Tying with elasticised nylon should be done from time to time throughout the season as growth extends or before wood becomes too rigid. Ties will need to be loosened each year as the girth of the rod increases. Light pruning should be done during summer period when disease prevalence is lower while hard pruning should be done during the dormant winter period.


7 thoughts on “Espaliered Fruit

    • Hi Eileen
      Thank you for your question. If you reside in New Zealand you could contact Waimea nurseries, Nelson. They may know of any growers that are developing commercial espaliered pears. It is also worthwhile developing them yourself, it just requires a lot of patience and tender loving care. I recommend the pear varieties I have listed on my website. Two different pear varieties should be grown in close proximity to each other to enable optimum pollination. Thanks again.

  1. I have just bought 2 fruit trees that have 3 different variety’s grafted into each one. An apple and a Nashi. I was told that they would be good to grow this way [but I have never done this before] as we have a very small backyard and could put them against the fence running North to South. However after reading your information this does not seem such a good idea as of course it can be in the shade at this time of the year. Should I change my plans or is it possible to give it a go. Would very much appreciate your thoughts as to how important it is to keep them out of the shade.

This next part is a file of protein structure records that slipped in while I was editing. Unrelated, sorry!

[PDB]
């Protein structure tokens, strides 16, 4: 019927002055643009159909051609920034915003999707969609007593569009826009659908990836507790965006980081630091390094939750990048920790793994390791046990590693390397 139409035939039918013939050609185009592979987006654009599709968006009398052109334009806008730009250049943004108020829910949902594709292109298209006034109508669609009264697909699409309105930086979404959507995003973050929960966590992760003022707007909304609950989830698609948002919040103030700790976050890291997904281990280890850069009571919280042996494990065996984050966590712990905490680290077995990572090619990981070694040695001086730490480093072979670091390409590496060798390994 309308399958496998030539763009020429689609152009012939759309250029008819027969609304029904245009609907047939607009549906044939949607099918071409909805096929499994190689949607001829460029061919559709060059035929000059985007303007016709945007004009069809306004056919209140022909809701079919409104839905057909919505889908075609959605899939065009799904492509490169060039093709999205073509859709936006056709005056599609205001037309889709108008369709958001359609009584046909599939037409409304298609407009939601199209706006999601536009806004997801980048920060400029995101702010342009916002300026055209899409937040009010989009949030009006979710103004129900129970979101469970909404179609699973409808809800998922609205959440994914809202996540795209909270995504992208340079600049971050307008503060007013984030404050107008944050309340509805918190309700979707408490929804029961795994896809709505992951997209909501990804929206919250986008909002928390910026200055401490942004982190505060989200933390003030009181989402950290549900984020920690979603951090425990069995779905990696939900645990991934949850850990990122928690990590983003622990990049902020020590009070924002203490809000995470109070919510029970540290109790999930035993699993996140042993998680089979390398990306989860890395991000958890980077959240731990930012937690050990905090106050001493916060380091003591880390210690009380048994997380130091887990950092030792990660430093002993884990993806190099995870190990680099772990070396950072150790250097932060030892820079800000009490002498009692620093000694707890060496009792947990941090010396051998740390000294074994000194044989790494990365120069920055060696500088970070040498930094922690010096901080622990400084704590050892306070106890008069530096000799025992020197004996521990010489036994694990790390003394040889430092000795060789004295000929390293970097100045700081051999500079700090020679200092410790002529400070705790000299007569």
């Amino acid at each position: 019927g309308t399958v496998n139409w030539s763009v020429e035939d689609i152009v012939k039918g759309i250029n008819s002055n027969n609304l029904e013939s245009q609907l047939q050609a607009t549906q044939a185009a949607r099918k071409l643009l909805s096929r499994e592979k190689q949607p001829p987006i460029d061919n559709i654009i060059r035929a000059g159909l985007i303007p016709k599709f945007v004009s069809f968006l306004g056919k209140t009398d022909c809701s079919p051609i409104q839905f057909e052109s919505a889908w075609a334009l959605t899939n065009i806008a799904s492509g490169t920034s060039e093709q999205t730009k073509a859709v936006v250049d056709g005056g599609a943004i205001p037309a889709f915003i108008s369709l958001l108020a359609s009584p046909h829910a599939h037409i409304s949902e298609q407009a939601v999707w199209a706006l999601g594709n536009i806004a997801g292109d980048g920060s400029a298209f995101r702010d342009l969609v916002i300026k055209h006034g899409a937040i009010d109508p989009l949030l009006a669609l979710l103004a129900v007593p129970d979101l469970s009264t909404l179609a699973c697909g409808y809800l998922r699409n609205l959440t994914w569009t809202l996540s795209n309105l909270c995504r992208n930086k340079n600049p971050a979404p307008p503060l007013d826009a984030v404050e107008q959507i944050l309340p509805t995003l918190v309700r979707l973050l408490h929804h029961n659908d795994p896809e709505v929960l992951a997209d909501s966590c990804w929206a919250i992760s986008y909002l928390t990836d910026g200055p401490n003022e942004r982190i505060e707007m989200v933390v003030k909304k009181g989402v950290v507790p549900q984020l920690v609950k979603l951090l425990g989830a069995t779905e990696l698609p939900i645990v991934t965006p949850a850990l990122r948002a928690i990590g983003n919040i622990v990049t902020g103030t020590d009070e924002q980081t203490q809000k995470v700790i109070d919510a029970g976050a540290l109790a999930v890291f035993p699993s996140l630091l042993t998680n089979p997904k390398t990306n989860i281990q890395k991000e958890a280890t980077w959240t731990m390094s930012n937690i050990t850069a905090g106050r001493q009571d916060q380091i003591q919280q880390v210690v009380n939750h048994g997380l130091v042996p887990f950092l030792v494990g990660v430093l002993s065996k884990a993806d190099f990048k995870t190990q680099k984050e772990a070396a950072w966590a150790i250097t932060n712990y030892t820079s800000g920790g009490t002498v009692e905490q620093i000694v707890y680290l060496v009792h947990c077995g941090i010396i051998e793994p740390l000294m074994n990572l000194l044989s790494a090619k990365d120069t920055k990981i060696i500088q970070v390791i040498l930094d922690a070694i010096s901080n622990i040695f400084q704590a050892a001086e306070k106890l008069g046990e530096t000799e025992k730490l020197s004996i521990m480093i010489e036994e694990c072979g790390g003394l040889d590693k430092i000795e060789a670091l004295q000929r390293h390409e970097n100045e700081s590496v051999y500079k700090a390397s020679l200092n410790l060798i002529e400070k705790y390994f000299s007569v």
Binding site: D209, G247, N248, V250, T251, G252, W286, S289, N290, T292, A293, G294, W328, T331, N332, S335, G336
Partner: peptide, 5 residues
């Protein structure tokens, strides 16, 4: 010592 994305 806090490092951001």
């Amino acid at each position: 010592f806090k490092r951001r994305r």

• Hi Audrey

      You will love growing your fruit trees, well done. Apples and Nashi pears are fruits that require less sun than say an apricot, peach or nectarine. I think you will be fine keeping to your original plan. If the area is particularly shaded you may find that they make take longer to ripen than if they were in a nice sunny position. But that just requires some wait, they will still taste yummy straight from the tree. Ensure you provide some companion plants of flowers that attract bees to this shaded area of your garden, this will help with pollination of the fruit blossom in Spring. Thanks